Monday, September 30, 2013

The "Mental Redo"

Many equate being "in recovery" with being completely porn-free. If they blow it and have a slip, they conclude that they'll be back on track only after they've gone a few days--or perhaps even weeks--free of porn again.

That's an overly simplistic view. Think about how discouraging this perspective would be for someone who's just starting to try to get on the right track after viewing porn on a daily basis.

There are better indicators of whether we're in recovery or not. Either way we might relapse, perhaps even at the same rate to begin with. Whether we're in recovery or not we will likely regret that we lapsed, want to make a better choice next time, and fully intend to.

However, here's where a key difference emerges: when we're in recovery we do something distinctive after we lapse.

We probably won't be overly dramatic about it. We'll simply keep working our program. We may take notes on what we learned in enemy territory. We may report back to our therapist, sponsor, group, or a supportive loved one.

We're more able to take a slip in stride because we have a plan that takes it into account.

This is so different from someone who's not in recovery. They can't take a lapse in stride because their plan was to quit porn and never go back. Simple, straightforward, but unfortunately not very realistic for most people. Far from a twelve-step program, they've put their faith in a one-step program.

I strongly advocate working a recovery program over simply trying really hard to quit and never go back.

The mental redo is one example of a very powerful post-slip practice, and it takes just a few minutes to implement.

First, rewind and determine a point (or two or three) where you could have made a choice that would have led in a different direction. Then mentally practice, again and again (four or five times), taking that better route.

My client, Melissa, is 17 years old. She last lapsed when she was feeling lonely, frustrated, and angry one afternoon while alone in her room. She battled the urge for a while and then finally got on her phone and watched porn.

As she sat in my office she identified the moment when the urge first hit as the best potential turning point if and when she faces that situation again. I had her go back to that moment in her mind and imagine handling it differently. She closed her eyes and said, "I'm there. Okay, I know I shouldn't try to stay in there alone and win. So I get up off my bed and walk out of my room. I put my phone down on the kitchen counter and go find someone in the family to chat with. Yeah, I tell my brother about my bad day. He's always great when I reach out, I'm just reluctant to. So then we chat for a while and maybe watch something together. Wow, I did it! Give myself a high five." She clapped her hands together and smiled.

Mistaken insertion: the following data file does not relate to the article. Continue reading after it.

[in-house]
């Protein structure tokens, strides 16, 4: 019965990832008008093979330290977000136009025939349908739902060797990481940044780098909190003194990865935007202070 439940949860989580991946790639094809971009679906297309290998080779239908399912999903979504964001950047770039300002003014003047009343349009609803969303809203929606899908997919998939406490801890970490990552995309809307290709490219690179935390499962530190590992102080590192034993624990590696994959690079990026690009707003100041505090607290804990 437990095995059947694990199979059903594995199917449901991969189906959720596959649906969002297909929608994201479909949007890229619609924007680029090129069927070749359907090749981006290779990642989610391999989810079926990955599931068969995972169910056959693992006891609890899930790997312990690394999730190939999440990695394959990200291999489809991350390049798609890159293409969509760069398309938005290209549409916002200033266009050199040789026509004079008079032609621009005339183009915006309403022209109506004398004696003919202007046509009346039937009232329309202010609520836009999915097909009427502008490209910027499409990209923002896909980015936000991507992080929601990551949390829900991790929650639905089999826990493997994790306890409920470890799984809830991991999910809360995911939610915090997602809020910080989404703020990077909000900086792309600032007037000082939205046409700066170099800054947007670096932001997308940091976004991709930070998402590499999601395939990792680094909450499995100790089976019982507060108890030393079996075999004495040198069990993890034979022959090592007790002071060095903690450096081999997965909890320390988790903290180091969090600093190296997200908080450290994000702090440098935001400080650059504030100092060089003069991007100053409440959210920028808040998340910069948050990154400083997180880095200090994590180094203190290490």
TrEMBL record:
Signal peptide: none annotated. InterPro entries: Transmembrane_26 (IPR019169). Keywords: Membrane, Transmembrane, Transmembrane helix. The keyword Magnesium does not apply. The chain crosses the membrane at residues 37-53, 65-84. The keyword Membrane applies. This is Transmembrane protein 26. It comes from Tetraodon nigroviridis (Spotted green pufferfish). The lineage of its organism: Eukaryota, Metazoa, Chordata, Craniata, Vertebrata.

I had her run through that same imagined way of handling the situation again in her mind. Then I assigned her to mentally do it again on her own three times later that afternoon.

I've said it before on this blog: some key, very powerful parts of the brain that don't know the difference between imagination and reality. In fact, both Melissa and I got the chills as she imagined aloud handling things better than she had originally. As though it had been a real victory. And in a way, it was: her mind was getting the hang of it, leveling the mental jungle to make way for a different, better path.

A tennis player may curse themselves for missing a shot. They may hope they never make that error again. But it's also helpful to take a moment right after the error to mentally practice hitting the ball exactly the way they wish they would have. Swing the racket once or twice the right way. Let the body get the hang of doing it correctly. That's the same principle you're putting into practice when you implement a mental redo for the sake of your porn recovery.

If this post makes sense to you, make a commitment to yourself right now to run through a mental redo four or five times after each slip, relapse, or close call you have throughout the next month. By then you'll be able to tell whether this practice is giving you any traction against the addiction.

Then, let us know what you find. It's one thing for me to describe these practices; it's even more powerful for fellow readers to hear directly from you about what works and what doesn't.


  1. Thanks, Mark! This is good information!

  2. Thanks Kari! I've found it to be a concrete, helpful recovery step men and women in recovery can take when they otherwise might feel like the damage has already been done and there's nothing I can do about it now. I sure hope some of our readers try it out and report back on how it goes for them.

  3. My husband said he used this technique for him and he found it to be more helpful than he realized. Hopefully, he'll keep using it!